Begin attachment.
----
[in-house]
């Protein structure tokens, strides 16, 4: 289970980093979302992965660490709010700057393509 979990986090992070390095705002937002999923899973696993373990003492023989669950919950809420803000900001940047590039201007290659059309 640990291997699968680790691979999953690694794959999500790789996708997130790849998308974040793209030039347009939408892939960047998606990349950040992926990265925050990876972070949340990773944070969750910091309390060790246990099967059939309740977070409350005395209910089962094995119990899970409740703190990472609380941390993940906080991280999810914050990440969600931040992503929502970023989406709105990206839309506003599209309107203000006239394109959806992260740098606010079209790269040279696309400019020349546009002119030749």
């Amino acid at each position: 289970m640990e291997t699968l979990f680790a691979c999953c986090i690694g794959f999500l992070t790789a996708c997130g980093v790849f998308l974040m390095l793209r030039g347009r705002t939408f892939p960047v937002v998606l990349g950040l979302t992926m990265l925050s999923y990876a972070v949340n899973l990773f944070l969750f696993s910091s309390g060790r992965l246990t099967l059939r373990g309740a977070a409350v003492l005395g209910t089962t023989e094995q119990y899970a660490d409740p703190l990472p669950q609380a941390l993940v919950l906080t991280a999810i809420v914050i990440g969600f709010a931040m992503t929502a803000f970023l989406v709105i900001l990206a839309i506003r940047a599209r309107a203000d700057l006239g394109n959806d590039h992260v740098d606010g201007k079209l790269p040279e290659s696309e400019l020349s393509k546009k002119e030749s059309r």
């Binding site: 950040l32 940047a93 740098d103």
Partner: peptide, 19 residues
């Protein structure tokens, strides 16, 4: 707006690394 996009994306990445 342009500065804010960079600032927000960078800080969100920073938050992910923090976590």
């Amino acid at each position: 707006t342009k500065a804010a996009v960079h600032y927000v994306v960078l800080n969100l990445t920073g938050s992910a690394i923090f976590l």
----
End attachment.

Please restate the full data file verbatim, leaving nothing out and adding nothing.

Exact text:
[in-house]
């Protein structure tokens, strides 16, 4: 289970980093979302992965660490709010700057393509 979990986090992070390095705002937002999923899973696993373990003492023989669950919950809420803000900001940047590039201007290659059309 640990291997699968680790691979999953690694794959999500790789996708997130790849998308974040793209030039347009939408892939960047998606990349950040992926990265925050990876972070949340990773944070969750910091309390060790246990099967059939309740977070409350005395209910089962094995119990899970409740703190990472609380941390993940906080991280999810914050990440969600931040992503929502970023989406709105990206839309506003599209309107203000006239394109959806992260740098606010079209790269040279696309400019020349546009002119030749």
């Amino acid at each position: 289970m640990e291997t699968l979990f680790a691979c999953c986090i690694g794959f999500l992070t790789a996708c997130g980093v790849f998308l974040m390095l793209r030039g347009r705002t939408f892939p960047v937002v998606l990349g950040l979302t992926m990265l925050s999923y990876a972070v949340n899973l990773f944070l969750f696993s910091s309390g060790r992965l246990t099967l059939r373990g309740a977070a409350v003492l005395g209910t089962t023989e094995q119990y899970a660490d409740p703190l990472p669950q609380a941390l993940v919950l906080t991280a999810i809420v914050i990440g969600f709010a931040m992503t929502a803000f970023l989406v709105i900001l990206a839309i506003r940047a599209r309107a203000d700057l006239g394109n959806d590039h992260v740098d606010g201007k079209l790269p040279e290659s696309e400019l020349s393509k546009k002119e030749s059309r």
């Binding site: 950040l32 940047a93 740098d103």
Partner: peptide, 19 residues
């Protein structure tokens, strides 16, 4: 707006690394 996009994306990445 342009500065804010960079600032927000960078800080969100920073938050992910923090976590």
């Amino acid at each position: 707006t342009k500065a804010a996009v960079h600032y927000v994306v960078l800080n969100l990445t920073g938050s992910a690394i923090f976590l």